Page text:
Johnson & Johnson has supported school nursing for many years. From 1988 – 2016, they funded the J&J School Health Leadership Program, a prestigious Fellowship that provided leadership training to over 800 school nurses across the country. In 2015, after 14 years of attempting to get a district team to apply, I was admitted to the program. I look at those 18 months of my Fellowship as my personal “leadership moonshot” and credit J&J for investing in me and so many other school nurse leaders. Though sadly, the program ended in 2016, the impact continues to change the trajectory of school nursing. Much of the leadership of the National Association of School Nurses are Fellows, in addition to scores of school nurses working in schools across the country. My dream job, should I have the opportunity, would be to revive the J&J School Health Leadership Program, to empower the next generation of school nurses.
In the meantime, I will be forever grateful to J&J for investing in school nursing and am enjoying my recent reconnection with J&J Nursing. Here is an article highlighting the work of six school nurses from across the country, I am honored to be included:
The Johnson & Johnson Notes on Nursing team spoke with six school nurses to hear their concerns for their students and colleagues, as well as how they are innovating in real-time to adapt to their schools’ fall plans:
Many school nurses were already overwhelmed, but as districts across the country return to school amid COVID-19, they are facing the profound challenge of ensuring both student and staff safety. Six school nurses share their thoughts on the pandemic and how they’re innovating to adapt.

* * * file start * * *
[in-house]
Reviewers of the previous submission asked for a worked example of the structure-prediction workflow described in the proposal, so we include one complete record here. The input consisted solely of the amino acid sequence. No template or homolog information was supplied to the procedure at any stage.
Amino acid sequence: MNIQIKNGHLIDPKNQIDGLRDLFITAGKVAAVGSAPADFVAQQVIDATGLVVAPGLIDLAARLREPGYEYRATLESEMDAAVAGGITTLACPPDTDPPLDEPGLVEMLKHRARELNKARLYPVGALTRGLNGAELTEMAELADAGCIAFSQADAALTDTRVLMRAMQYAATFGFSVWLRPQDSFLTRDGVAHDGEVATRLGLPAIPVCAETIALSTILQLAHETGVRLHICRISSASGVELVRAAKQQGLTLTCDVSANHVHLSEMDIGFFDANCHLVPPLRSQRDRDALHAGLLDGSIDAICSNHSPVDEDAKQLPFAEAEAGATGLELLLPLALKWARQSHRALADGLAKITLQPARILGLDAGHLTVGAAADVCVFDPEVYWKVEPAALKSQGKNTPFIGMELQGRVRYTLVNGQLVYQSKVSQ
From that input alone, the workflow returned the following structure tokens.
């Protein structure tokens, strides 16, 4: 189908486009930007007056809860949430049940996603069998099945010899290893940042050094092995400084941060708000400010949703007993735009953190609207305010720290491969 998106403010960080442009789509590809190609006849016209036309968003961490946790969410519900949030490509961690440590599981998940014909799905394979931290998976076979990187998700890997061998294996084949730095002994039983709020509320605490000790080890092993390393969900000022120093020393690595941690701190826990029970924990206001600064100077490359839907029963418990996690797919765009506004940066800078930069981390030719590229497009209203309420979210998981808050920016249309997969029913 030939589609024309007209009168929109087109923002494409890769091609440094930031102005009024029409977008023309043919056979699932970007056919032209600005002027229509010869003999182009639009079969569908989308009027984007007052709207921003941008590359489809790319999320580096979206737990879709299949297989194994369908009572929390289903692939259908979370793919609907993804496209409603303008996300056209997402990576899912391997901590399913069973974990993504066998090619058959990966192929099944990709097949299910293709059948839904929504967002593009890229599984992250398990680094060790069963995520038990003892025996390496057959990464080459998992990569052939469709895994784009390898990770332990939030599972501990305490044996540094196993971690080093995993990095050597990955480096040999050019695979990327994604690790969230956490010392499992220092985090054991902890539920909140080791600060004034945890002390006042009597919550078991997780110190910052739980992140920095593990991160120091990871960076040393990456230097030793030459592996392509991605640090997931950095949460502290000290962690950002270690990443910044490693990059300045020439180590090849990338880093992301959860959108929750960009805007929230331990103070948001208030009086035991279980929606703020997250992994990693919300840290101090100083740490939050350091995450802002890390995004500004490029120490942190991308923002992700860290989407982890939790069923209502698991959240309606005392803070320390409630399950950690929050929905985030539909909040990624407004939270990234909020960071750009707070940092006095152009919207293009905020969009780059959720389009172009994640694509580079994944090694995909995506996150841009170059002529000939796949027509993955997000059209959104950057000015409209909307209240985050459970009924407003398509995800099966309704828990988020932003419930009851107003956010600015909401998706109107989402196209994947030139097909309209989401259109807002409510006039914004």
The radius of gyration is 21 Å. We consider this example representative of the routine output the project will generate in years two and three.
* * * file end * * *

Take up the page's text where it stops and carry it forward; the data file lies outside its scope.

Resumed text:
Checking student temperatures. Distributing masks. Ensuring students and staff are following sanitation and social distancing guidelines. These are just a few of the new pressures on today’s school nurses as many school districts across the country begin their return to in-person instruction. But for many districts that have decided to remain remote until the end of 2020 or beyond, pressures on their school nurses have taken a new form: monitoring student health and wellbeing from a distance—and from behind a screen.
Even before COVID-19, being a school nurse was a challenging role, with many schools having just one nurse for hundreds or thousands of students. School nurses are often the first responders to many youth issues revealed in school, including mental health challenges, food insecurity and even child abuse. And because of their deep experience in delivering care to so many, and often with limited resources, they are uniquely positioned to advise on school safety amid COVID-19